Baoshan Iron & Steel Co., China’s biggest publicly traded steelmaker, said its operating profit will rise this year due to strong growth in demand from automakers, railway builders and energy pipeline projects.
“We’re confident that our operating profit this year will be better than last year,” Baoshan Steel General Manager Ma Guoqiang told investors in an online meeting today.
Shanghai-based Baoshan, which supplies half of China’s automotive steel, yesterday reported that its net profit gained 33 percent to 1.63 billion yuan ($264 million) in the first quarter from a year ago due to a recovery in demand and prices. The steelmaker on March 8 raised prices for hot-rolled and cold-rolled steel products to their highest since June.
The company’s operating profit surged 90 percent to 2.22 billion yuan in the first quarter from 1.17 billion yuan.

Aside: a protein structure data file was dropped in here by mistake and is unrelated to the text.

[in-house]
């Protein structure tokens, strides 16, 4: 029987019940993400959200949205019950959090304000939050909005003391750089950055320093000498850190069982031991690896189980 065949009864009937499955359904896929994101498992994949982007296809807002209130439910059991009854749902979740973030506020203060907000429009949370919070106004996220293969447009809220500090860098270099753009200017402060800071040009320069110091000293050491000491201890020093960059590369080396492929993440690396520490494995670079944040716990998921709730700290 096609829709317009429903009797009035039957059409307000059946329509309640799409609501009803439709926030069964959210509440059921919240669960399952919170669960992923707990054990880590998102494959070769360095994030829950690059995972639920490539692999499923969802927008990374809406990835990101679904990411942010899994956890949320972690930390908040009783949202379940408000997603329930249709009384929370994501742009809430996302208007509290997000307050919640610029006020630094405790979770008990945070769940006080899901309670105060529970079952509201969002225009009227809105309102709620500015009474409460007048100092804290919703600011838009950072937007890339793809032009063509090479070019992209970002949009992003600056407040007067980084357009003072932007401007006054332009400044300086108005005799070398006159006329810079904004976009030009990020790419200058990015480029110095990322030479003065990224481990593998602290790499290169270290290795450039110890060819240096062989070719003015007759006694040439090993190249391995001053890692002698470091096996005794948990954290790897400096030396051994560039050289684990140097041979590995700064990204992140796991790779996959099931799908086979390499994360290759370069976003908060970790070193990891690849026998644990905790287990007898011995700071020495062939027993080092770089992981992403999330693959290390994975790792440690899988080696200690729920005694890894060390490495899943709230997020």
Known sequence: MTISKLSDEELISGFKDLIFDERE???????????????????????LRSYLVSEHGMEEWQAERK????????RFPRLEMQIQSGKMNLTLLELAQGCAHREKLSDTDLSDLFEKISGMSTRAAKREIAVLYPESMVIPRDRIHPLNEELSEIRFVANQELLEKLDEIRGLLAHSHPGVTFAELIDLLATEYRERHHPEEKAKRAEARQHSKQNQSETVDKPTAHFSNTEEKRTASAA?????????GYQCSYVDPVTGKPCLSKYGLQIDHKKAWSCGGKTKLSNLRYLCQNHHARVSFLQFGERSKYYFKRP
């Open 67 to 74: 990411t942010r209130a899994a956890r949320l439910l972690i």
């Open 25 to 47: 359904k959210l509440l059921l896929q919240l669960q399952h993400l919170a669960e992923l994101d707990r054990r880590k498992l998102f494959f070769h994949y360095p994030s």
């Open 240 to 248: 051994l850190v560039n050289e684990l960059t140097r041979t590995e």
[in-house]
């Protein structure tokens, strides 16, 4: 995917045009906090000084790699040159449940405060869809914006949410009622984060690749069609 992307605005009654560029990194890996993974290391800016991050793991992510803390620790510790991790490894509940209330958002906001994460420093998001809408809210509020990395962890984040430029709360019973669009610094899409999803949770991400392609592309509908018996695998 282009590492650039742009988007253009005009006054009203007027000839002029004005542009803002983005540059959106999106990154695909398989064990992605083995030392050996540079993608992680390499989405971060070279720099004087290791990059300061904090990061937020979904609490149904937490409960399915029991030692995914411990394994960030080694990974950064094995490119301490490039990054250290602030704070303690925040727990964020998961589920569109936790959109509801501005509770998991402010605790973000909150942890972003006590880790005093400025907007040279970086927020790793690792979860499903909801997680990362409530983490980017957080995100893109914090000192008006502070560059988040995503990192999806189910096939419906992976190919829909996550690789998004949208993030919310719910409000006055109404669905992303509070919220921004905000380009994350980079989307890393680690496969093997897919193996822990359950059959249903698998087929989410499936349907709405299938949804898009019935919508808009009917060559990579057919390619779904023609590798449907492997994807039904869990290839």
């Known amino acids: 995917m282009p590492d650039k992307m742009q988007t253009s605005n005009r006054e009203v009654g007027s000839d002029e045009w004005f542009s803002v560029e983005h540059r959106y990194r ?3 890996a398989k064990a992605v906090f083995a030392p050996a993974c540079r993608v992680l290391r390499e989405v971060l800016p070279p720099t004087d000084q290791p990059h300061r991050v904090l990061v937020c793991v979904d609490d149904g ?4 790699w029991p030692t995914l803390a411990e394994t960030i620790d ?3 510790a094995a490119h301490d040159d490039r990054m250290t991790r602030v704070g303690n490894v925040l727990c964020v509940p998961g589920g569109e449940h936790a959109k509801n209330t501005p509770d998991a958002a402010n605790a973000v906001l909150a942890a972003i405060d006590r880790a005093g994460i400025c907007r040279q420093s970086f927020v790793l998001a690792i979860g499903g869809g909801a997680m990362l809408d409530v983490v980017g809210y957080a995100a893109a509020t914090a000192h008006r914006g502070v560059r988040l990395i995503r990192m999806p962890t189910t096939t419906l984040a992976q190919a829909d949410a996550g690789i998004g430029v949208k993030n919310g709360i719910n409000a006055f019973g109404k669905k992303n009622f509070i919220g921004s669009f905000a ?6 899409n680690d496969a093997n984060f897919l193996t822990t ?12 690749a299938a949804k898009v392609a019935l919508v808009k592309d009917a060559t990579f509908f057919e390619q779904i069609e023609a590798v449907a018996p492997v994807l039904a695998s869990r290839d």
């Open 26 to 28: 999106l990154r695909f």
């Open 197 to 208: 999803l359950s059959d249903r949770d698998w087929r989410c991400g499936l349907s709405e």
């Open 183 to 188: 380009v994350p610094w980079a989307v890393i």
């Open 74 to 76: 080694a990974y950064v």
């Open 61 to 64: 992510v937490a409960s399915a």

Passenger-vehicle sales in China rose 20 percent to 2.84 million units in January and February from a year ago, the strongest start to the year since 2010, according to the China Association of Automobile Manufacturers. China will also lift railway spending from 631 billion yuan last year, the official Xinhua News Agency reported Jan. 17, as it seeks to expand to 120,000 kilometers (74,580 miles) of track by 2015.
Still, hot-rolled coil prices in China, a benchmark product, have declined 12 percent since Feb. 18 amid concerns over industry overcapacity and lower-than-expected economic growth. Baoshan’s Ma also said that steel demand from the shipbuilding sector will remain weak.
Iron ore with 62 percent content delivered to China climbed to a 16-month high of $158.9 a ton on Feb. 20. It has since declined 15 percent to $134.6 a ton as of yesterday. Iron ore prices are likely to be about $130 a ton this year, Ma said.
Baoshan, which plans to produce 22.56 million tons of steel this year, aims to export 2.3 million tons of the alloy, he said.
Baoshan advanced 0.2 percent to close at 4.80 yuan today, compared with a 1 percent drop in the benchmark Shanghai Composite Index. The stock has fallen 4 percent in the past 12 months.
— With assistance by Helen Yuan